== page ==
Among those on the target list are Ashok Lavasa, a former election commissioner of India who had criticized Modi for violations of the model code of conduct; a woman who had accused former Chief Justice of India Ranjan Gogoi of rape in April 2019; and several journalists who had carried out exposes on the government or written about sensitive subjects, such as defense and the contested region of Kashmir.
Congress leader Rahul Gandhi and two of his associates were also on the list, but analyses were not able to determine if they had been hacked.
At least two serving ministers in the Modi government, Ashwini Vaishnaw and Prahlad Singh Patel, also feature in the leaked database of phone numbers.
Constitution at stake
Founder-editors of The Wire-Siddharth Varadarajan and M.K. Venu were also targeted. Specific forensic analysis showed evidence of their phones being infected by Pegasus.
"The Wire is clearly the among the most targeted media outfits," Venu told DW. "The government should set up an independent inquiry commission to allay the apprehensions of citizens in regard to their privacy, as guaranteed by the Indian Constitution."
The government so far has tried to brazen it out, saying the leaked data from the Israeli company NSO did not constitute actual use of Pegasus spyware for phone hacking.
Following the expose by the global consortium, messaging giant WhatsApp's chief executive officer, Will Cathcart, called on governments and companies to ensure online security.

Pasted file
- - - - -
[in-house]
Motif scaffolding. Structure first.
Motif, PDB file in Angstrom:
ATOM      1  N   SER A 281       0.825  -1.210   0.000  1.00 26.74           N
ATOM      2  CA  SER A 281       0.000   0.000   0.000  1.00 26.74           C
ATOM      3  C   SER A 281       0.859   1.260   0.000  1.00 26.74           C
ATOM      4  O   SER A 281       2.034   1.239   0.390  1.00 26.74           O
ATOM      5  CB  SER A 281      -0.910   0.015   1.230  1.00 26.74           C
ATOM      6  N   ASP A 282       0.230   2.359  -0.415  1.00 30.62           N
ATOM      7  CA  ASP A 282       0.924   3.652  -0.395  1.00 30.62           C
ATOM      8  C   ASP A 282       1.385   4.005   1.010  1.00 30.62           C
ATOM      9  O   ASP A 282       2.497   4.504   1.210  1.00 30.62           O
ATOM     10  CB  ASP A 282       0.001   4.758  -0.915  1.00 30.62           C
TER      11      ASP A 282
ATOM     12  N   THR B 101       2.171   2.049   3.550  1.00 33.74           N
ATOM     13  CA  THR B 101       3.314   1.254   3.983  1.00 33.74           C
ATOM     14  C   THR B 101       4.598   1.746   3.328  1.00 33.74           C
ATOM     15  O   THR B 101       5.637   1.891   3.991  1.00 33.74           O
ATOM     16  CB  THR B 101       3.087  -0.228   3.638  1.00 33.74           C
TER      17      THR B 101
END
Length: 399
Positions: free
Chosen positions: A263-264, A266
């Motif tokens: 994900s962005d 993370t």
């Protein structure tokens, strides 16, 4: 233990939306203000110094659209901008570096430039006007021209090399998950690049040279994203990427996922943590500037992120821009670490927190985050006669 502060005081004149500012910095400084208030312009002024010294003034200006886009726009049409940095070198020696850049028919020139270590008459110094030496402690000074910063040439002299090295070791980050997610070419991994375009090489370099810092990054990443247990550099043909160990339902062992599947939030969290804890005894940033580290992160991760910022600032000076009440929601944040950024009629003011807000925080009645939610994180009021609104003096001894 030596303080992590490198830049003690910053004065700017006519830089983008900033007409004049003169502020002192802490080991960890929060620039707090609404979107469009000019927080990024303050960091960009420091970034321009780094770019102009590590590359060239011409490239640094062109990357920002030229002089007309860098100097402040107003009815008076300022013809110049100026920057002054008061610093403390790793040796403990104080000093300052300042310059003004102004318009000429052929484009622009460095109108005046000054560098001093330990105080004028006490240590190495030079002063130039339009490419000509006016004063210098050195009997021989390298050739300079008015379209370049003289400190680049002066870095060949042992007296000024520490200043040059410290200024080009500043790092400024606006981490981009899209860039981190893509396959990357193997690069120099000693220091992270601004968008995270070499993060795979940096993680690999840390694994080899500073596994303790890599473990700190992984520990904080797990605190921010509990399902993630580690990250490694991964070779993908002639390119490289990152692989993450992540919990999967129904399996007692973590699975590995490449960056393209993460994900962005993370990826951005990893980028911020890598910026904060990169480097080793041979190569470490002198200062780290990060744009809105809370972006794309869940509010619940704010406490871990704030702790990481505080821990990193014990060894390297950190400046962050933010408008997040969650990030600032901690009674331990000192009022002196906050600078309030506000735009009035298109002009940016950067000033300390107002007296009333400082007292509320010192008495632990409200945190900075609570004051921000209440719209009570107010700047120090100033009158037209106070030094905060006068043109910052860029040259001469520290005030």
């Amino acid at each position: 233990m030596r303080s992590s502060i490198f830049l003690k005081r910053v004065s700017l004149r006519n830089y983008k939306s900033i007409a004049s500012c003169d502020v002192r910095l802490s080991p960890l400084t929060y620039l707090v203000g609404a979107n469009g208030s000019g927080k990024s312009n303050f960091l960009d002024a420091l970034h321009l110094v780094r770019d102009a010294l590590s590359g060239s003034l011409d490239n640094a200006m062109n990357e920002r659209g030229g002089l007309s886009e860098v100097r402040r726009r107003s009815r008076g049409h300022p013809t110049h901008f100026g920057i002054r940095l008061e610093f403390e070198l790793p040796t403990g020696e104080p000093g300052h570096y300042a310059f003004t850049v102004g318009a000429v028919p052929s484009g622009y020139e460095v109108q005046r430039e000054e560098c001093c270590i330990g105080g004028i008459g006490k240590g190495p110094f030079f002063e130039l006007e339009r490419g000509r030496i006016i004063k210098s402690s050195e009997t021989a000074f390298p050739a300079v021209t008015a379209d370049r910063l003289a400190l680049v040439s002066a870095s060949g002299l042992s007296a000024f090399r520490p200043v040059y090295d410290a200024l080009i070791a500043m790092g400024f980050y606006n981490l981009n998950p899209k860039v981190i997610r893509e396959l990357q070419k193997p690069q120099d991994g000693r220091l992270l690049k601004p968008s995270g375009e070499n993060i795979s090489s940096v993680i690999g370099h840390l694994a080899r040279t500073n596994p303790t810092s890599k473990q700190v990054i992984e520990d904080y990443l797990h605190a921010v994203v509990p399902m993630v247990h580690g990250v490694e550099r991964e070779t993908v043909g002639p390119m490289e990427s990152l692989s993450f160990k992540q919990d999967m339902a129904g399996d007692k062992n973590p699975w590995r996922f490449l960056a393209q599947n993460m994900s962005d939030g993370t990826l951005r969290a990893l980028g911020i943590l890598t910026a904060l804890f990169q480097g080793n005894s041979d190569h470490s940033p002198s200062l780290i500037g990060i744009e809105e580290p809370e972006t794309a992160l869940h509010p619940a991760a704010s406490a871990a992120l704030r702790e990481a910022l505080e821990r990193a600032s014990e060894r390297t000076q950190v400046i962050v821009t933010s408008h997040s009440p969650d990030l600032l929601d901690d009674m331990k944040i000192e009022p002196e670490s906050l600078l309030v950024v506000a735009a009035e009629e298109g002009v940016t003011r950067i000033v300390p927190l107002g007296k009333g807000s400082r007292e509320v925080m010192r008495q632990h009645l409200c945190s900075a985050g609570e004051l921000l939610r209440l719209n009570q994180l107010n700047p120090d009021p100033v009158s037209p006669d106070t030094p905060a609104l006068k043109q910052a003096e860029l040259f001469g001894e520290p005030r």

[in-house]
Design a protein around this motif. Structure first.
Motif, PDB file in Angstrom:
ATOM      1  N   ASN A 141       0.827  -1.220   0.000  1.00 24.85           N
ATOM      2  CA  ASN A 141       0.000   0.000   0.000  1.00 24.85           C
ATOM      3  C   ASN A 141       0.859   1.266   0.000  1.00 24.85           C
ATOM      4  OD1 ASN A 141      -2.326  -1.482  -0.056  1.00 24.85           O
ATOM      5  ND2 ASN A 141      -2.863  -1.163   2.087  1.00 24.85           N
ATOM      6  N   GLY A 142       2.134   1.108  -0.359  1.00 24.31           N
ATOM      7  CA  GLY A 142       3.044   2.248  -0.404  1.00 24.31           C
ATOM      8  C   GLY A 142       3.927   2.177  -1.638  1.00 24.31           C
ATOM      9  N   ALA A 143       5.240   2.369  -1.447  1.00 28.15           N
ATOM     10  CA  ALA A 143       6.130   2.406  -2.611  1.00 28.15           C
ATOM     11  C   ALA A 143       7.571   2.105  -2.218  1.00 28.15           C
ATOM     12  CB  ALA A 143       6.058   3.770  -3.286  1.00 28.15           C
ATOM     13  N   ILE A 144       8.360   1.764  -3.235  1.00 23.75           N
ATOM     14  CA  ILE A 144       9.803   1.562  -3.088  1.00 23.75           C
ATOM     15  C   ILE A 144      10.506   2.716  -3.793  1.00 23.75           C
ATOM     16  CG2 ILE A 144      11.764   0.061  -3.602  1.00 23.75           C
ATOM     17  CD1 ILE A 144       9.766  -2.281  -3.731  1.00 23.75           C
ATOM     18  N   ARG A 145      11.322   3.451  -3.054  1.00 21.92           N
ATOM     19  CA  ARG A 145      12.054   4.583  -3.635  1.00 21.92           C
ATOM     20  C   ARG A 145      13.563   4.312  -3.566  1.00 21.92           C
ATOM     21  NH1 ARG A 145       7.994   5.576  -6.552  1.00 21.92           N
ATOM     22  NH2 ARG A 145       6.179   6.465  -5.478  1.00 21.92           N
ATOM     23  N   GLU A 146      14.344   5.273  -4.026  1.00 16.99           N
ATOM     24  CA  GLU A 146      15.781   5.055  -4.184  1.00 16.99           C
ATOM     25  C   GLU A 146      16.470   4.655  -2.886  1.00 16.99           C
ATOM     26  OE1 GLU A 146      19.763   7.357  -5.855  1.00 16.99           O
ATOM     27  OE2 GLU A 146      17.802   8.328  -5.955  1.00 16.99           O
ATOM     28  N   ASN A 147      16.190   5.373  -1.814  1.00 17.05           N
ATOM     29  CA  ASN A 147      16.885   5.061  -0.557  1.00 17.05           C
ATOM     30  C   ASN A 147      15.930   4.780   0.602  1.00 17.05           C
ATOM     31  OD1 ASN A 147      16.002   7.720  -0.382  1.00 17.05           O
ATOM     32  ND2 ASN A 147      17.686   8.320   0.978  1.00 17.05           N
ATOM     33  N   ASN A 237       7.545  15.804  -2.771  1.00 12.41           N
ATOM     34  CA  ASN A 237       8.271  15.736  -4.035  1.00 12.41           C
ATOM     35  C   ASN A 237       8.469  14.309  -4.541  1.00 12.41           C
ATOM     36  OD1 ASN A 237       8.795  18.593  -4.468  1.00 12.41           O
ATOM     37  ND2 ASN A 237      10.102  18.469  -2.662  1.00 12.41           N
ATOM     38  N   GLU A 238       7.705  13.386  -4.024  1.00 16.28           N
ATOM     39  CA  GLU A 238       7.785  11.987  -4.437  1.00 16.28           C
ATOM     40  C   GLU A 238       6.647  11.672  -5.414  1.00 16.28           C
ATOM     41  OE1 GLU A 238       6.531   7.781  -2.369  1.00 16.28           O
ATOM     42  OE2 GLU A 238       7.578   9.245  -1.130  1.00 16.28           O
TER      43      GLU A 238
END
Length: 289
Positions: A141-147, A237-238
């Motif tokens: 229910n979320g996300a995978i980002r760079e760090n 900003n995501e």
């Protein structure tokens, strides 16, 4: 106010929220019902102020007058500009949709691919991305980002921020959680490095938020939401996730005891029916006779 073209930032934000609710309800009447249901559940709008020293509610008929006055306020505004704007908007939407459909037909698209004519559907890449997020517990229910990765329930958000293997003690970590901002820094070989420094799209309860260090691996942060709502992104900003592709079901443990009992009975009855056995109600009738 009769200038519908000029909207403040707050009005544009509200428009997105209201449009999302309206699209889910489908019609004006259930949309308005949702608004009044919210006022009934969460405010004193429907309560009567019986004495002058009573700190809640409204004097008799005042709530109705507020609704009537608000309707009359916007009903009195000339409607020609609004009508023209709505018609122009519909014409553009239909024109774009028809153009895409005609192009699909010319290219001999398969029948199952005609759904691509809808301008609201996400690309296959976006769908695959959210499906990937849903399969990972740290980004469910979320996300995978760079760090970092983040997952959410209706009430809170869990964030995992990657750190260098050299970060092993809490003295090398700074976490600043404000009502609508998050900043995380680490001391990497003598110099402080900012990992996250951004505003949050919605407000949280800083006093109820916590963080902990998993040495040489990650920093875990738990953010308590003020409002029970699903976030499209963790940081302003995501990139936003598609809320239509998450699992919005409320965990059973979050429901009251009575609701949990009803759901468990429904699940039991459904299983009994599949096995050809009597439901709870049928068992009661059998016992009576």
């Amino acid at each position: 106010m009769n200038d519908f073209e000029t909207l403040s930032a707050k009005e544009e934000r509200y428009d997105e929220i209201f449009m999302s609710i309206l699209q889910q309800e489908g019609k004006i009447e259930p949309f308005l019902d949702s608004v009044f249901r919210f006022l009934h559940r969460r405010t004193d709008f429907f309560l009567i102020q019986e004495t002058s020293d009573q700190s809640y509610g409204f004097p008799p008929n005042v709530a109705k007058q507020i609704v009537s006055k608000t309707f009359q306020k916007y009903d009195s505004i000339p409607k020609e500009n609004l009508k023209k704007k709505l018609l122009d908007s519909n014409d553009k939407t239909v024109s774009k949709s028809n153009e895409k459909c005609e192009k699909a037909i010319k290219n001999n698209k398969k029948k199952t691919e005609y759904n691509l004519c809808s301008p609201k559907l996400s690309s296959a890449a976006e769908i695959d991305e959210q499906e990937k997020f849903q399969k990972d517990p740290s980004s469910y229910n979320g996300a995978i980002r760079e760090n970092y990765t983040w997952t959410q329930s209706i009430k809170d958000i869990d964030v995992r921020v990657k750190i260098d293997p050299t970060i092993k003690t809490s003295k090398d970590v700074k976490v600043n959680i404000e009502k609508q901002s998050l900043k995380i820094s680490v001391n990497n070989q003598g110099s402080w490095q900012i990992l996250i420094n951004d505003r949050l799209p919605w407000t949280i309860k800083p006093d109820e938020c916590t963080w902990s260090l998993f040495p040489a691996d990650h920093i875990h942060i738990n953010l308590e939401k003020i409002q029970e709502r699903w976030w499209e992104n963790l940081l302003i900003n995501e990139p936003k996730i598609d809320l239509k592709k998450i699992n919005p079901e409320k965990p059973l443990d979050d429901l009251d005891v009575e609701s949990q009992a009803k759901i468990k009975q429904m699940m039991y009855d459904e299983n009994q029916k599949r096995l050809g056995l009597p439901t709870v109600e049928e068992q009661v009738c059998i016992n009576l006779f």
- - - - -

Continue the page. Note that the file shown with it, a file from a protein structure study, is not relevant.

"This is a wake-up call for security on the internet," Cathcart tweeted. "The mobile phone is the primary computer for billions of people. Governments and companies must do everything they can to make it as secure as possible. Our security and freedom depend on it."
Increased calls for surveillance reform
It is not the first time that the Pegasus spyware has made headlines. Experts pointed out that there were instances in India prior to the current controversy, where the spyware was being used on citizens.
It was reportedly deployed for snooping on activists and advocates involved in the Bhima Koregaon violence of western Maharashtra in January 2018, many of whom who are still in jail under India's anti-terror law. Some of the activists' names figure in the current list.
"What we are seeing now is a cyberweapon used to mine data completely across the board, and this is frightening. Just look at the target selection, and this is clearly a threat to constitutional democracy," Apar Gupta, executive director of the Internet Freedom Foundation, told DW.
"The Israeli government also needs to be pressured to stop issuing export licenses to NSO if such breaches continue," Gupta added.
Lawyer Vrinda Bhandari, who helped to draft the model India Privacy Code of 2018, believes surveillance reforms are a necessity in India if privacy is to be respected.
"We must first of all have an independent inquiry into the Pegasus controversy to establish facts. The government should not shy away from it if it is in the clear," Bhandari told DW.
Data protection bill favors Indian government
Free speech activists and privacy advocates maintain that the Personal Data Protection Bill, in its current form, is not a solution to government surveillance as it exempts the Indian government from accountability.
"Our intelligence agencies need to be held accountable. Usage of such software against parliamentarians and Indian citizens needs to require judicial sanction and future declassification," Bhandari said.
Founded in 2010, the NSO Group is best known for having created Pegasus, which allows those operating it to remotely hack into smartphones and gain access to their contents and functions.
Cyber experts say it is the most powerful spyware currently available — and almost impossible to detect.